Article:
Football in the Covid anti-Goldilocks zone

Leyton Orient had a big game due on Tuesday against Tottenham Hotspur in the EFL Cup. It would have had huge emotional resonance, since Tottenham’s captain Harry Kane, who spent some time at Orient on loan, has paid to sponsor Orient’s shirts for charity. And two years ago, Justin Edinburgh, a former Tottenham player and a man who had just led Orient to their first title success in my lifetime, suddenly died. There was a huge fund-raising effort in his memory around the match.

It was not to be. At the weekend several Orient players tested positive for Covid, the game is off, Orient will most likely be thrown out of the competition.

It feels to me that it is the start of the slow process of the season grinding to a halt for lower league clubs. It won’t be the first team it happens to. There isn’t regular testing at Orient’s level – in fact the cases only came to light because Tottenham paid for the Orient squad to be tested, in order to preserve their own “Covid-secure bubble” which would enable them to continue to take part in the Premier League and UEFA competitions.

You know how there is a Goldilocks zone for planets? Where conditions are just right for life?

Well, I feel like there is an anti-Goldilocks zone for football. At the elite end, it is fine. Games can continue in empty stadiums as there is sufficient TV interest and revenue to make it worthwhile, and there’s enough money for a testing regime.

And at the lowest level of the sport it feels like matches can continue. In fact non-league teams might see attendances capped, but could end up having higher crowds than usual from people starved of live football. I’ve certainly got a couple of trips to Walthamstow FC pencilled in while I still can’t go and watch Orient.

But it seems to me that League One, League Two and the National League are in this anti-Goldilocks zone. They’ve got hardly any income coming in. There’s hardly any TV revenue. Their fanbases are sufficiently large that you can’t accommodate them safely while the nation has coronavirus restrictions, but not sufficiently large to generate masses of streaming revenue.

There’s not enough money knocking around for a regular testing regime. Let’s say you tested a squad of 22 players, once-a-week, and tests cost £100. That’s £115,000 over the year before you’ve touched on testing any of the coaching or back office staff.

And the streaming income is tiny – and inequitably distributed. I griped about EFL setting the price point at £10 a game, but this post I read changed my mind, as Colchester United Chairman Robbie Cowling broke down the income streams. It is bleak. 146 year old Macclesfield Town have already gone into liquidation this month.

The way it works currently is that the home team keep all of the revenue for the tickets they sell through their own website and they also get the revenue for the first 500 that buy via the away team. For example: for Saturday’s game against Bolton, we sold 452 iFollow passes, (so we keep all of the revenue from those), and Bolton sold 2252 iFollow passes, (of which we get the revenue from the first 500).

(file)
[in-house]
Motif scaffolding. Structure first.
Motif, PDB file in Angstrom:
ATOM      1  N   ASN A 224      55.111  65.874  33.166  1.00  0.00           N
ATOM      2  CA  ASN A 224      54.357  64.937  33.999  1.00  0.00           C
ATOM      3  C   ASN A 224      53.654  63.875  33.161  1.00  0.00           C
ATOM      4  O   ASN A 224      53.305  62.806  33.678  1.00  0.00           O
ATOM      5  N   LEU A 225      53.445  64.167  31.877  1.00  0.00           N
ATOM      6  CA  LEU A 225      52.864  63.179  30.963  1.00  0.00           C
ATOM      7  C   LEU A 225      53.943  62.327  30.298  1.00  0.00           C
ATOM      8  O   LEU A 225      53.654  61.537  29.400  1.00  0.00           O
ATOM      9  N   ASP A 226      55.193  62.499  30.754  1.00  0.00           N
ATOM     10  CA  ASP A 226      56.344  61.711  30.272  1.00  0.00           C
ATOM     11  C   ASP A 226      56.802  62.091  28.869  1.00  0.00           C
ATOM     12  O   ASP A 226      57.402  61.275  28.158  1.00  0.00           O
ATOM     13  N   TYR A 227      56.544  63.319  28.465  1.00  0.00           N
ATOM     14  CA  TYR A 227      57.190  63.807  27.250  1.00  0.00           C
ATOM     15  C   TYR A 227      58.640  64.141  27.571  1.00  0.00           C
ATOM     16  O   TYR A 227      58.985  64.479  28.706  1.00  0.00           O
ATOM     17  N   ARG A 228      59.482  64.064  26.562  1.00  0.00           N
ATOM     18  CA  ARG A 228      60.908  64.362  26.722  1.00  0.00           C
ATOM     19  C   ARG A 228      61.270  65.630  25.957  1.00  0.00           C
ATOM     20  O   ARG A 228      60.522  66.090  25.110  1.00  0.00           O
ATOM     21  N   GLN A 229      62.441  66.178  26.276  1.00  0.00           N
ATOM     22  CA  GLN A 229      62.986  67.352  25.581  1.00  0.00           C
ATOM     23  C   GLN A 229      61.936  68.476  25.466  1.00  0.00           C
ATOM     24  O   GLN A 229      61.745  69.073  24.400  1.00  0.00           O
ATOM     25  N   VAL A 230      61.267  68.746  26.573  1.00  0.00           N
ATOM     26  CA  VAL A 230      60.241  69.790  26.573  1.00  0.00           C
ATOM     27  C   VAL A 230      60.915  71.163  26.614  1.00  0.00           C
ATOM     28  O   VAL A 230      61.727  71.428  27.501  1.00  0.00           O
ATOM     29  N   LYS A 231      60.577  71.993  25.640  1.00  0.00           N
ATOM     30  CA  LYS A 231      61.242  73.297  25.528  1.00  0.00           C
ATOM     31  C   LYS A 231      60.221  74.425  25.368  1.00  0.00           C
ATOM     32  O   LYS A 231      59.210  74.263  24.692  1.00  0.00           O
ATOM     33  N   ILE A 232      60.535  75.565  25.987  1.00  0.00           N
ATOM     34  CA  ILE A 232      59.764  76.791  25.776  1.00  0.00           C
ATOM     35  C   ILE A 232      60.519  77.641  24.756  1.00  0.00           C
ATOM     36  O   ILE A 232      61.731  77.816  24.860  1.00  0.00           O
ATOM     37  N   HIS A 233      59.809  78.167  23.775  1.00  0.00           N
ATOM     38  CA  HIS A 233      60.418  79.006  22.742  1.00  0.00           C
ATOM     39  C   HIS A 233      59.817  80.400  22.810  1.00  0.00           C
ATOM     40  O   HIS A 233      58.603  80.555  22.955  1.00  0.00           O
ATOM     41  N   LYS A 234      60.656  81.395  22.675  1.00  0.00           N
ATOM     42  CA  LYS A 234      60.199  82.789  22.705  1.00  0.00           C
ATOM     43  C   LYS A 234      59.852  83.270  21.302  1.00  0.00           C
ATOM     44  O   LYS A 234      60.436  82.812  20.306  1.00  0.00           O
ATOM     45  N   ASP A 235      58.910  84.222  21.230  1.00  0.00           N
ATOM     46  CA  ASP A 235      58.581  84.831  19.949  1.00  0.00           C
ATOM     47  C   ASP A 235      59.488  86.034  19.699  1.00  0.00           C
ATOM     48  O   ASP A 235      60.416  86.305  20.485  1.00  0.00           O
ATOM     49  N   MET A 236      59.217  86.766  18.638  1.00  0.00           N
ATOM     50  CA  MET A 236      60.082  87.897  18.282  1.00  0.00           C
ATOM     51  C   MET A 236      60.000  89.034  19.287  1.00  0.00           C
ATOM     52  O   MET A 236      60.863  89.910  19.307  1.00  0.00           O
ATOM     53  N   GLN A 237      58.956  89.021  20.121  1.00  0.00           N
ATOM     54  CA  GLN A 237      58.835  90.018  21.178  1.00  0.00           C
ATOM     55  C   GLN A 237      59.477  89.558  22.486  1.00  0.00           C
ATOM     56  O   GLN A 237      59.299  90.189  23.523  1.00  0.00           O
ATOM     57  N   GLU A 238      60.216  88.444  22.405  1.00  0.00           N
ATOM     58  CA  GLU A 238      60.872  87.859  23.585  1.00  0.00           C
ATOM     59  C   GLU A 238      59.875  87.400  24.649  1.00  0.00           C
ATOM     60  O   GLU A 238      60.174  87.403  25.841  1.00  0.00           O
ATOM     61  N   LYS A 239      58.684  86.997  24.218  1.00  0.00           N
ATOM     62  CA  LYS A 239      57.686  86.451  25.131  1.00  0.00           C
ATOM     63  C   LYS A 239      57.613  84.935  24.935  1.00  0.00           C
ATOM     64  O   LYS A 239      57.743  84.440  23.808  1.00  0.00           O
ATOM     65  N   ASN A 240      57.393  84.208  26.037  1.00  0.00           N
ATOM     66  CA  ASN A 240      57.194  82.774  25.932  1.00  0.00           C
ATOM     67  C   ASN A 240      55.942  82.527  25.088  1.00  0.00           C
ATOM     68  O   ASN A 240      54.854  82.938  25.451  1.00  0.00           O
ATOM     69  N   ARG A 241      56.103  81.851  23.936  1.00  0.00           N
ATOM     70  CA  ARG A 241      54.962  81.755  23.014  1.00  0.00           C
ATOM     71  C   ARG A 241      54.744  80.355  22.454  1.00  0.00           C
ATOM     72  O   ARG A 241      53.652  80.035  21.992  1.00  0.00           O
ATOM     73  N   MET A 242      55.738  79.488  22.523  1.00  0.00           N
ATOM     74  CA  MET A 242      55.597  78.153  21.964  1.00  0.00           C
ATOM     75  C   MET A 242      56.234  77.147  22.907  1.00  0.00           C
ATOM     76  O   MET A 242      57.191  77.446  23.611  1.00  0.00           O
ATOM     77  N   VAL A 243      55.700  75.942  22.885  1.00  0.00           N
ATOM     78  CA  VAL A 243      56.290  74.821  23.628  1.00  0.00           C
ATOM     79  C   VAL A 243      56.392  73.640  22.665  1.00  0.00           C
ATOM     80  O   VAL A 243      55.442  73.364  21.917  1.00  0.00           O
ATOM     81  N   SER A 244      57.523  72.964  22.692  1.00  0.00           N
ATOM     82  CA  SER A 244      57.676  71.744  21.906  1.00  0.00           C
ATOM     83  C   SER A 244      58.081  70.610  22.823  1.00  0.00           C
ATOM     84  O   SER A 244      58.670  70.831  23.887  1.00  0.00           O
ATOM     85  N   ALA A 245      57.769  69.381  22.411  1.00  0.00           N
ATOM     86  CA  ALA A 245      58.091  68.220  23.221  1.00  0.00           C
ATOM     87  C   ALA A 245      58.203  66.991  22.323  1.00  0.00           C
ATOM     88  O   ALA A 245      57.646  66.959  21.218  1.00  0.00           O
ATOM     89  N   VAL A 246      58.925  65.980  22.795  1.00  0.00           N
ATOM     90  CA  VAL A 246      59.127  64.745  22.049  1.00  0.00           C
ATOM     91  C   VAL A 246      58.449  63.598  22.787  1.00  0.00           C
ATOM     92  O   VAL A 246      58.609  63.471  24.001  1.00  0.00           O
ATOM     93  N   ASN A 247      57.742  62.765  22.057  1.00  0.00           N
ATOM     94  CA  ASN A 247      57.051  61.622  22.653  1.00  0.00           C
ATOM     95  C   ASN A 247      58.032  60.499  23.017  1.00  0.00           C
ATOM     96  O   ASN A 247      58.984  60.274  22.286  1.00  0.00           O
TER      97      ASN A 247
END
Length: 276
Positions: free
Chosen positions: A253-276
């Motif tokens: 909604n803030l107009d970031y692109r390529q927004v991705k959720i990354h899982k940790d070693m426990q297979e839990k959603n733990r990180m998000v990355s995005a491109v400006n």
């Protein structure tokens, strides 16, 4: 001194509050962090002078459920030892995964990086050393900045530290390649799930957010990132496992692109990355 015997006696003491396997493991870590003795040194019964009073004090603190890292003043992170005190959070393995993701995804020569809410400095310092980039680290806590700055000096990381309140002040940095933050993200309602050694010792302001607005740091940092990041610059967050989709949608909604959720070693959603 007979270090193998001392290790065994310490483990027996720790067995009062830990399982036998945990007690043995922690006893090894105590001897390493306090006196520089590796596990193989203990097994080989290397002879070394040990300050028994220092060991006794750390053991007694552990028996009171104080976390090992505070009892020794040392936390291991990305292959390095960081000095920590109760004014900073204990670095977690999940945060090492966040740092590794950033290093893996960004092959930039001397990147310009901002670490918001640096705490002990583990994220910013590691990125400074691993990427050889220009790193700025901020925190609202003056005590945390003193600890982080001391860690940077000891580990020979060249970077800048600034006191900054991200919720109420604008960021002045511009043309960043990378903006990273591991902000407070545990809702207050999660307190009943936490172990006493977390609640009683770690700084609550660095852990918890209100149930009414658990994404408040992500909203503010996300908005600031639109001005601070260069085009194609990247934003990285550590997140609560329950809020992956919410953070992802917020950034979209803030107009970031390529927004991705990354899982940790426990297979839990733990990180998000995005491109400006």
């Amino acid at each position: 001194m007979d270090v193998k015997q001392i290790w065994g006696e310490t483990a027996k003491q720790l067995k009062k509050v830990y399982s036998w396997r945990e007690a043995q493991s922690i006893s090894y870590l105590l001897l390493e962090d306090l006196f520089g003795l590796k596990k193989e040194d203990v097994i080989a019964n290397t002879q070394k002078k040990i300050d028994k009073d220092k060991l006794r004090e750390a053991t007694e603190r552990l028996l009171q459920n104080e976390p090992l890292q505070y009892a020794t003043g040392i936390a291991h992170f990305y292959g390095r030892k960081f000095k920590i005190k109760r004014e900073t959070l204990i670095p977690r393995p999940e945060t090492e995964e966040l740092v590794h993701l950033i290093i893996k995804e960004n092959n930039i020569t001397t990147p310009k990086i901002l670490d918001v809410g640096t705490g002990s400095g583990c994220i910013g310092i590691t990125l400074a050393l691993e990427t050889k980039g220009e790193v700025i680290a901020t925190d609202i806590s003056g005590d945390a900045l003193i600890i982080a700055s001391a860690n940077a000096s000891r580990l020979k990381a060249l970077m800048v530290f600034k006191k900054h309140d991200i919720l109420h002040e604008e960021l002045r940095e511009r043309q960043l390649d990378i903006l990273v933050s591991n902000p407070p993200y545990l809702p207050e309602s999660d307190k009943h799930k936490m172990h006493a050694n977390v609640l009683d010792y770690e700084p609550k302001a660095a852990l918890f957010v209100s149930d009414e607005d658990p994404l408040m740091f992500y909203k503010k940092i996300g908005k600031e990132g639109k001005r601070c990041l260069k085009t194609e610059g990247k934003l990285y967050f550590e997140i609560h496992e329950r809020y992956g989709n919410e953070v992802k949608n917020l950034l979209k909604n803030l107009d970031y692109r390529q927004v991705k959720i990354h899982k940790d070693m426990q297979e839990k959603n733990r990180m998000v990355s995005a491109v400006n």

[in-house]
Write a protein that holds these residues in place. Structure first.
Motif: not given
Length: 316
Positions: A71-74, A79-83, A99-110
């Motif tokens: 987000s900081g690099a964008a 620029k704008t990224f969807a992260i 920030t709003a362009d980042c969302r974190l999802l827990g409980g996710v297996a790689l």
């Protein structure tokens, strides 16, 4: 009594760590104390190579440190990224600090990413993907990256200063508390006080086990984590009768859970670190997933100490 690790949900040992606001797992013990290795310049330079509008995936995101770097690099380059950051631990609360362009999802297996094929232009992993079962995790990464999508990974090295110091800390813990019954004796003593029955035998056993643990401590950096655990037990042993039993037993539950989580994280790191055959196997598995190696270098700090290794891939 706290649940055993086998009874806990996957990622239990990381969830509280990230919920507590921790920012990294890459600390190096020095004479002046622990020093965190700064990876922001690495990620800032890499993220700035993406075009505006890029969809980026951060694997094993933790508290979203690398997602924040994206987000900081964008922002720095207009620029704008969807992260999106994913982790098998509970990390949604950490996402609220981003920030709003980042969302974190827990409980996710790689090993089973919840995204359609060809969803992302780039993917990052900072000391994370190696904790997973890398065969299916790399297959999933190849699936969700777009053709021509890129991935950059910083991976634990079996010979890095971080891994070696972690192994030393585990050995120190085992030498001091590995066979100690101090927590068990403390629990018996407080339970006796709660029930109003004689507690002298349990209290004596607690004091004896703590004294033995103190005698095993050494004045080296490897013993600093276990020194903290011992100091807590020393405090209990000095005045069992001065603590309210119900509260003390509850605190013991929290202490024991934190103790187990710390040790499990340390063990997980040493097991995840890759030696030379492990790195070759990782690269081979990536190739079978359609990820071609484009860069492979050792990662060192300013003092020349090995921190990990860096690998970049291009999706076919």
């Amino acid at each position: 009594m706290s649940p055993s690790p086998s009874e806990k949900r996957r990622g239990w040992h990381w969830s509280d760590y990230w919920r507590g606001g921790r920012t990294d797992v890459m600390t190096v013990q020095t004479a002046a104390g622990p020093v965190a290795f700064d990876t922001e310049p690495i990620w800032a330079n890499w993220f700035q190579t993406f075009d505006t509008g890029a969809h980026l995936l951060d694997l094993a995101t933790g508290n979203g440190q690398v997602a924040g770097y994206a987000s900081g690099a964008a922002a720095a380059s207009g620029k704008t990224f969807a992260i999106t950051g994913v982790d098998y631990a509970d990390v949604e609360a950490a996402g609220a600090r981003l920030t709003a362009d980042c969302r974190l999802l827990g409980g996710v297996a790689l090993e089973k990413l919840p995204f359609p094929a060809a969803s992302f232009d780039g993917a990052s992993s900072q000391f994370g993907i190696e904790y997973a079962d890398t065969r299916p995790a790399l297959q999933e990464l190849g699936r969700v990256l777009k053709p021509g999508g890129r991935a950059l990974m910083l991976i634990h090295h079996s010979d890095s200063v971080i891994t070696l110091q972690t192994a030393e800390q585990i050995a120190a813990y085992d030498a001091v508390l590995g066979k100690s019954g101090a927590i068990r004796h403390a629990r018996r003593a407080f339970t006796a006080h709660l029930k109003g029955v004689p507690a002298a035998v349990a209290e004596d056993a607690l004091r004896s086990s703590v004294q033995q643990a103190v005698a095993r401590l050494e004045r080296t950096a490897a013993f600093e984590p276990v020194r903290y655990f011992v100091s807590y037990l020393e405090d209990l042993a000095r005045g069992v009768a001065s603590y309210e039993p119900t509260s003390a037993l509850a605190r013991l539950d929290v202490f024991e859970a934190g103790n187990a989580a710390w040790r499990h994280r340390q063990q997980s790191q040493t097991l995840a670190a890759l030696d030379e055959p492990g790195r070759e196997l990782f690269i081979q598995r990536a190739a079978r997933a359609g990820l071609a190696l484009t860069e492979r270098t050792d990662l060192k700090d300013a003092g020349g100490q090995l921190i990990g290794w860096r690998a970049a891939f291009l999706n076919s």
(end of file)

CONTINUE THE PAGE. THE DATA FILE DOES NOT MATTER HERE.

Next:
This has put a very new aspect on the revenue that is available to clubs this season. Bolton made more money in gate receipts from our home fixture than we did because they had the revenue from 1,752 iFollow passes whereas we had the revenue from 952 iFollow passes. In normal times, we would have expected about £54,000 in home gate receipts from this fixture but we will receive just shy of £8,000, whereas Bolton would have expected about £600 for the 5% commission we pay them but will have received about £14,000 more than that.

We sold just over 300 streams for the away game against Bradford, so we earnt £0.00 for that away game and I expect that to be the case for every away game this season. So based on twenty three away games, Bolton look set to receive about £345,000 from the streaming of their away games this season whilst we can look forward to approximately £0.00.

As I say, I expect the season for lower league teams to slowly grind to a halt. Already so far this year 10 preliminary FA Cup ties have seen teams hoisted out of the tournament for positive Covid tests. There seems no reason to suppose that won’t happen later in the tournament when larger non-league teams and the lower tier league teams join the fray.

League games you can, in theory, at least keep postponing indefinitely. Though I note that at present Leyton Orient don’t have a single Tuesday night free which isn’t in an international week until 8 December. And that slot might yet be filled if they progress in the EFL Trophy.

Hindsight is a wonderful thing, but it feels like trying to push ahead with a full league programme, the FA Cup, EFL Cup and EFL Trophy for 2020-21 was a crazy idea.

I hope all the players affected get well soon and don’t suffer the long-term health effects that some people have seen from the coronavirus. I expect we will see many more players fall ill, many more games cancelled, and many more clubs go under before the nominal end of this season.